When Jerry Colangelo was hired to return the U.S. men’s basketball program to prominence three years ago, he stressed commitment and said it would be rewarded.
Colangelo and Team USA coach Mike Krzyzewski followed through on that promise Monday; eight of the 12 players named to the Olympic team will be spending their third consecutive summer with the program.
That is far different from four years ago, when the U.S. team was a mishmash of late additions and youth that went 5-3.
This year’s roster has played together and practiced together during competitions in Japan and Las Vegas. Each player has played at least one international tournament in the last two years.
“When I was asked to take on this responsibility, I felt there were a number of things that needed to change: culture, infrastructure and commitment from players and coaches,” said Colangelo, the program’s managing director. “All of that has transpired, and it culminated with the selection of these 12 players.”
The team features seven first-time Olympians: Kobe Bryant, Chris Bosh, Dwight Howard, Chris Paul, Tayshaun Prince, Michael Redd and Deron Williams. LeBron James, Carmelo Anthony, Dwyane Wade and Carlos Boozer played in 2004. Jason Kidd, who played in Sydney in 2000, is the only player on the roster with a gold medal.
The team begins minicamp this weekend in Las Vegas, and Krzyzewski said last summer’s starting lineup of Anthony, Bryant, Howard, James and Kidd will remain intact. That team went 10-0 to win the FIBA Americas Championship.
The United States begins Olympic play Aug. 10 against host China, hoping to end its recent struggles in international competition.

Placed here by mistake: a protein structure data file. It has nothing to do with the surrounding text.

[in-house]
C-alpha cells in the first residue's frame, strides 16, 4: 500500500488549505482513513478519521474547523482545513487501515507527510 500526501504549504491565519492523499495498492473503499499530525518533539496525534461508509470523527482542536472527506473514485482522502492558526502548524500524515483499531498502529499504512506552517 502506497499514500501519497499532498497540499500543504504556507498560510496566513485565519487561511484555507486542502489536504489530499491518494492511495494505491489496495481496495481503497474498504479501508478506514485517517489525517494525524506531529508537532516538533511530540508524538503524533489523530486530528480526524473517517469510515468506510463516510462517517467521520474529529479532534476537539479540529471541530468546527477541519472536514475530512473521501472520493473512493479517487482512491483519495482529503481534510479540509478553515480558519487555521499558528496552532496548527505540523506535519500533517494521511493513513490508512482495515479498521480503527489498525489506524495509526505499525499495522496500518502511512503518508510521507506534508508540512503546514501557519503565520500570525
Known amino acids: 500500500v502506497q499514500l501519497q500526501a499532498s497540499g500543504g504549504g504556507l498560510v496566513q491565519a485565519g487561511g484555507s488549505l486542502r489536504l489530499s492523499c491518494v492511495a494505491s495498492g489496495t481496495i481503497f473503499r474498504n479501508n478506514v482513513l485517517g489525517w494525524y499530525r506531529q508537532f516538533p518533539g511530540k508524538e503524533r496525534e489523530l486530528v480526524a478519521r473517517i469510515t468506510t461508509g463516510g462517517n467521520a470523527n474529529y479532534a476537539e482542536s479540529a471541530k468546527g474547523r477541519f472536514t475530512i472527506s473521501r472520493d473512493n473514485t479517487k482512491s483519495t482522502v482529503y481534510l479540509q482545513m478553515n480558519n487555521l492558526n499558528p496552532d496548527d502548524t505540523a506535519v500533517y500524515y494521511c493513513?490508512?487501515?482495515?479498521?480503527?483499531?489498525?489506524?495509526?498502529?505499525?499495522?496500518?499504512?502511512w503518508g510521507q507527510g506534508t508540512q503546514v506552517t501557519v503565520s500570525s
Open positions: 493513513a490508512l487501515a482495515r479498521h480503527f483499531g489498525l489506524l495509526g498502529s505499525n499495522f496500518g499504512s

Team USA went 6-3 - losing three of its last four games - in the 2002 world championships, followed by the Athens debacle, which included a 19-point pool play loss to Puerto Rico and an eight-point semifinal defeat to Argentina.
The team was panned for having few outside shooters (it shot 31.4 percent from 3-point range), players who weren’t comfortable coming off the bench (Shawn Marion) and some attitude issues (Allen Iverson and Stephon Marbury).
Colangelo, who watched from Arizona, recalled earlier this year he was “embarrassed” not only by the performance but by the antics of the players.
“It was a sad moment to see the state of basketball as far as USA Basketball was concerned,” he said. “I didn’t know I would be asked to change it. When they did, I love challenges, and this is a big one.”
USA Basketball took its first step to redemption April 27, 2005, by hiring Colangelo, who was the face of the Phoenix Suns for nearly 40 years. Four months later, he hired Krzyzewski.
Unlike past bosses, Colangelo was given total control over the roster. He and Krzyzewski quickly established a three-year commitment for players who wanted to be on the 2008 team. Some players, such as Kevin Garnett, never showed interest. Most players, including Bryant - who had never played for his country - bought in.
The United States won the bronze medal in the 2006 world championships, with injuries preventing Bryant and Kidd from playing. In last year’s Olympic qualifier, Bryant was tabbed by Krzyzewski as the United States’ defensive stopper. The team went undefeated, and Bryant was the United States’ third leading scorer.
Bryant is back on the team and has assured officials his damaged pinky finger won’t be a problem.
“When he sustained the injury, we had a conversation immediately, and he said, ‘Don’t worry about me. I’m playing. I’ll take care of it when the Olympics are over if I need to,’” Colangelo said.
With Bryant shutting down the opponent, the United States also improved in other areas. Last summer, it shot 47 percent from 3-point territory (highlighted by the addition of the sharpshooter Redd) and averaged fewer than 11 turnovers a game (Kidd and Williams are upgrades over Iverson and Marbury). Most importantly, Colangelo and Krzyzewski stress, players are accepting coming off the bench.
“We think we’ve addressed those, and it was a constant conversation piece,” Colangelo said. “We think we have overall shooting and certainly we have big-time scores. A guy like Michael Redd can come off the bench, and he’s there specifically for his shooting ability. And Prince is a classic example of a player that falls into the category of role players. The diversity of players and combinations Coach K can play will cause matchup problems.”
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